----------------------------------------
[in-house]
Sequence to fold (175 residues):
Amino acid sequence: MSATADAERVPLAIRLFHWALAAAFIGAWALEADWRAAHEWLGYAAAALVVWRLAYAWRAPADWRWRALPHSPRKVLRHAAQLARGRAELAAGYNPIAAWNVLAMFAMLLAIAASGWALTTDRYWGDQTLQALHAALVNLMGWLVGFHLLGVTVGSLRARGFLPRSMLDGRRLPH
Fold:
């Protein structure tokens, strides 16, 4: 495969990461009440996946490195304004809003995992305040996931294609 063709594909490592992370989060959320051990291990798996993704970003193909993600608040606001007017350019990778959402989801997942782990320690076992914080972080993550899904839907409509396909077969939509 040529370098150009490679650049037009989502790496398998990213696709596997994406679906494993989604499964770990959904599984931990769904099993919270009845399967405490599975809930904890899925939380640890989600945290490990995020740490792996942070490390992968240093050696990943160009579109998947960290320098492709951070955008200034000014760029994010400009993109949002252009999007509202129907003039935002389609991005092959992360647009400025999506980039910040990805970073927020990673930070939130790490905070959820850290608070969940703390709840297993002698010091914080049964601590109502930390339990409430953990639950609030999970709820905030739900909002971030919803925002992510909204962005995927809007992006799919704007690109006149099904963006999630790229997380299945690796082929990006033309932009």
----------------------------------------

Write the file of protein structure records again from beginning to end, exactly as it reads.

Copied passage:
[in-house]
Sequence to fold (175 residues):
Amino acid sequence: MSATADAERVPLAIRLFHWALAAAFIGAWALEADWRAAHEWLGYAAAALVVWRLAYAWRAPADWRWRALPHSPRKVLRHAAQLARGRAELAAGYNPIAAWNVLAMFAMLLAIAASGWALTTDRYWGDQTLQALHAALVNLMGWLVGFHLLGVTVGSLRARGFLPRSMLDGRRLPH
Fold:
């Protein structure tokens, strides 16, 4: 495969990461009440996946490195304004809003995992305040996931294609 063709594909490592992370989060959320051990291990798996993704970003193909993600608040606001007017350019990778959402989801997942782990320690076992914080972080993550899904839907409509396909077969939509 040529370098150009490679650049037009989502790496398998990213696709596997994406679906494993989604499964770990959904599984931990769904099993919270009845399967405490599975809930904890899925939380640890989600945290490990995020740490792996942070490390992968240093050696990943160009579109998947960290320098492709951070955008200034000014760029994010400009993109949002252009999007509202129907003039935002389609991005092959992360647009400025999506980039910040990805970073927020990673930070939130790490905070959820850290608070969940703390709840297993002698010091914080049964601590109502930390339990409430953990639950609030999970709820905030739900909002971030919803925002992510909204962005995927809007992006799919704007690109006149099904963006999630790229997380299945690796082929990006033309932009």